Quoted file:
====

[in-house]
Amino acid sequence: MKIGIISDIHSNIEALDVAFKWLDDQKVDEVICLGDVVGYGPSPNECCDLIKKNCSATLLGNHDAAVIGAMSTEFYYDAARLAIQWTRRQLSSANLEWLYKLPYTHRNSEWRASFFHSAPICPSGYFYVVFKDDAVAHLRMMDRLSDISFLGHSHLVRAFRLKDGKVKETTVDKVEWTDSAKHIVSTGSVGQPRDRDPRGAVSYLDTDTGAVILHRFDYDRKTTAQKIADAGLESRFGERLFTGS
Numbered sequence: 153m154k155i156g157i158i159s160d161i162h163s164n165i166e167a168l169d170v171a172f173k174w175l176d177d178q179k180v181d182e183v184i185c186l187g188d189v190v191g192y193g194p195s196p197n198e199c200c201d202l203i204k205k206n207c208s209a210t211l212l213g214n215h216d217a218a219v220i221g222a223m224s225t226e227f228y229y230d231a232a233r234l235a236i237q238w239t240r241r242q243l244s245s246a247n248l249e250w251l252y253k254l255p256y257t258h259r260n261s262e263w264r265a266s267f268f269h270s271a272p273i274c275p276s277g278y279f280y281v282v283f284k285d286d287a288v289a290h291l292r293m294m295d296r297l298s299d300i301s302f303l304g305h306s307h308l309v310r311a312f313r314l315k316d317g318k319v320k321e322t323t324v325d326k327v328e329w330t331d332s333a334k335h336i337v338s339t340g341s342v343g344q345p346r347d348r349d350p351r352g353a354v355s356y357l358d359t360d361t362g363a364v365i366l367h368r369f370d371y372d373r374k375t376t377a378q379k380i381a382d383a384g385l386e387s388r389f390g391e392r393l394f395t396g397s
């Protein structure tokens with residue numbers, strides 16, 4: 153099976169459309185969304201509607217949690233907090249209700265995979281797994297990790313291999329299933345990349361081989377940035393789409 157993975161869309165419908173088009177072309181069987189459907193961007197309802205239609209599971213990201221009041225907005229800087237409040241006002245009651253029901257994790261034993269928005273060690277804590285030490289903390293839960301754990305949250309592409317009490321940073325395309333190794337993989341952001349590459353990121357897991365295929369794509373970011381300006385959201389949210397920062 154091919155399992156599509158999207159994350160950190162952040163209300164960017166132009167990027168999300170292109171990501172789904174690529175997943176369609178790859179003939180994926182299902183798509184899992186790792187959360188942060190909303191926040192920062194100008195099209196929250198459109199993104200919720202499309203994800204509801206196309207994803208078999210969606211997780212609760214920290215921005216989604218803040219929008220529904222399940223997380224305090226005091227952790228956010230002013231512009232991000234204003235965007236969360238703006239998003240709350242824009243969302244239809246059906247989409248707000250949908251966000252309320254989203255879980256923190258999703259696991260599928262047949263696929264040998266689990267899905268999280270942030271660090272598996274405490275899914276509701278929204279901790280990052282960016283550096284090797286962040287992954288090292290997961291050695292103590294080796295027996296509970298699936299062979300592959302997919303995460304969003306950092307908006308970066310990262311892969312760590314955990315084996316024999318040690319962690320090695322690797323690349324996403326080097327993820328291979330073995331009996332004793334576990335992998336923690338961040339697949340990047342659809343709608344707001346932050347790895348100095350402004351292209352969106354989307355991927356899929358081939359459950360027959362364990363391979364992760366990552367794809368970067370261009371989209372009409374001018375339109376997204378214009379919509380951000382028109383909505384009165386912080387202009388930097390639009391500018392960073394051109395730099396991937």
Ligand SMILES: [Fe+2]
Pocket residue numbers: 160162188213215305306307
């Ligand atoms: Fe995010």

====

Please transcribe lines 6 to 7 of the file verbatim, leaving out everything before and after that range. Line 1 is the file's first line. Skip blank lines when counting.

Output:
Pocket residue numbers: 160162188213215305306307
């Ligand atoms: Fe995010």